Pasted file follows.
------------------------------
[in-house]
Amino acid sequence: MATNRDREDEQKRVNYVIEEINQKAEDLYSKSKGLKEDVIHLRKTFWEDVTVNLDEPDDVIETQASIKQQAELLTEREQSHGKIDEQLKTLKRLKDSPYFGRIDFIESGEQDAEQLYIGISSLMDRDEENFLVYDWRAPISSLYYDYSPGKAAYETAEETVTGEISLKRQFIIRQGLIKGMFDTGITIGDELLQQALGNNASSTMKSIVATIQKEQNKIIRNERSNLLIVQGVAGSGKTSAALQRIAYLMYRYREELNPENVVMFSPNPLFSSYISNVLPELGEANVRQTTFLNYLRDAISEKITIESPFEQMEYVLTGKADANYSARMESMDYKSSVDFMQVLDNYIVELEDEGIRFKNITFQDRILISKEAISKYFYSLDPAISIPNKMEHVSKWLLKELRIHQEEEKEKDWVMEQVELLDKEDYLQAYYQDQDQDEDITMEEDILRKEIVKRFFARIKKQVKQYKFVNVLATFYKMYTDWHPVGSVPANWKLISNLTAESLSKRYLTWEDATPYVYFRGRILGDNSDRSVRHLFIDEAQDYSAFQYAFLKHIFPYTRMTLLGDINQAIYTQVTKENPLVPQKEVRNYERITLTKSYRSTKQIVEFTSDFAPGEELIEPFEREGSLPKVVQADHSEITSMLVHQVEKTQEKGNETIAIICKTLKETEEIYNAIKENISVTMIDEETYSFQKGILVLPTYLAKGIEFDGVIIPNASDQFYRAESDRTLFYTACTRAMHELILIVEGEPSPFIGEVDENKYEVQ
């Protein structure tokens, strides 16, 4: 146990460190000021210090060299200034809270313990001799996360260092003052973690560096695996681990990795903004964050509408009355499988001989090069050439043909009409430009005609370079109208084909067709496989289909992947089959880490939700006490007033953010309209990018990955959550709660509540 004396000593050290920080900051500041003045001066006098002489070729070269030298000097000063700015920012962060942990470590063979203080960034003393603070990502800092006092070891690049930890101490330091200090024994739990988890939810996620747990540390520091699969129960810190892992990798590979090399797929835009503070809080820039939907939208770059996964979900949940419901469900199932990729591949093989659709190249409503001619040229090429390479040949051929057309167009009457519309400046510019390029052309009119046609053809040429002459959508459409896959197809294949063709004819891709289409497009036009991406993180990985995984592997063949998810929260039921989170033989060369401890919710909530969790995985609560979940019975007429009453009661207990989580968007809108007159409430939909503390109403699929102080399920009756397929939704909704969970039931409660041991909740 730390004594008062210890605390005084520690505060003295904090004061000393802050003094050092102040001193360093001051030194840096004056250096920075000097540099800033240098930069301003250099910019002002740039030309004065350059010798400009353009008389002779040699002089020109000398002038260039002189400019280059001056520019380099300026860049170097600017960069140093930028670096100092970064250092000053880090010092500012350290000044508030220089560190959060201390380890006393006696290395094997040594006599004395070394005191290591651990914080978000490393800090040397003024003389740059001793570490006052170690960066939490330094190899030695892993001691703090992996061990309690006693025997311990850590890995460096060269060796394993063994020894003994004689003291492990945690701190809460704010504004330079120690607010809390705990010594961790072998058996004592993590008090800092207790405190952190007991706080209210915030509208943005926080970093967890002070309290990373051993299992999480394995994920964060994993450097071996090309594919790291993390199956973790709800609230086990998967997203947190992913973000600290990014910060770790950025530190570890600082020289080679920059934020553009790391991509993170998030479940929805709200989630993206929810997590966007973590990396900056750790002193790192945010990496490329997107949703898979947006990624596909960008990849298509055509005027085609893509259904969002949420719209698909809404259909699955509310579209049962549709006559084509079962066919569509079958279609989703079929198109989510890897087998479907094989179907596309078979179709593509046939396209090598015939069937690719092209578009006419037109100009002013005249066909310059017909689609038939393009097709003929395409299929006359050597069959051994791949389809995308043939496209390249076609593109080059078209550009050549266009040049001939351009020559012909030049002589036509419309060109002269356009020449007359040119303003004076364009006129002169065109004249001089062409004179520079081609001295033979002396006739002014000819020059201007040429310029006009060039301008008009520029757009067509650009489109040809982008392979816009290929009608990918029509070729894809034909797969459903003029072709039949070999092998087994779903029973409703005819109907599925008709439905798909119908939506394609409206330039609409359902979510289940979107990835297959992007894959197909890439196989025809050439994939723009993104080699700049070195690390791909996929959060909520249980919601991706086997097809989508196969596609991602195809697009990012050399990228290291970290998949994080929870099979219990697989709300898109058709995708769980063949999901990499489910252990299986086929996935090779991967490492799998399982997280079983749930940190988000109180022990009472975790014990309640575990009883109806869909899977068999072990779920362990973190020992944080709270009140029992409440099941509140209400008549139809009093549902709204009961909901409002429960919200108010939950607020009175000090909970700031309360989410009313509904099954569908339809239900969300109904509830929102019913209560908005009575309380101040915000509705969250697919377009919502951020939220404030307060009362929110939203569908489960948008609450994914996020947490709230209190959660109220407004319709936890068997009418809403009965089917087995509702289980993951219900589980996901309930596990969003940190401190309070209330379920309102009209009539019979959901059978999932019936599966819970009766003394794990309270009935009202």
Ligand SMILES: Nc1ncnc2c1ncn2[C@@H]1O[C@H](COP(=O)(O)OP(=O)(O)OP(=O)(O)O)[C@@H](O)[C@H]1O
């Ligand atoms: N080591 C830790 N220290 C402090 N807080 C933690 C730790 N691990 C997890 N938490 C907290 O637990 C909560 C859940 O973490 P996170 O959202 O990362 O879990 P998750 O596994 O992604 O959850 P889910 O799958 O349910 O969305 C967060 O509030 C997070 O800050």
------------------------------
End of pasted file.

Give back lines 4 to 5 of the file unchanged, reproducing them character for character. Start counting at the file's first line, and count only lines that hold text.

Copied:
Ligand SMILES: Nc1ncnc2c1ncn2[C@@H]1O[C@H](COP(=O)(O)OP(=O)(O)OP(=O)(O)O)[C@@H](O)[C@H]1O
């Ligand atoms: N080591 C830790 N220290 C402090 N807080 C933690 C730790 N691990 C997890 N938490 C907290 O637990 C909560 C859940 O973490 P996170 O959202 O990362 O879990 P998750 O596994 O992604 O959850 P889910 O799958 O349910 O969305 C967060 O509030 C997070 O800050």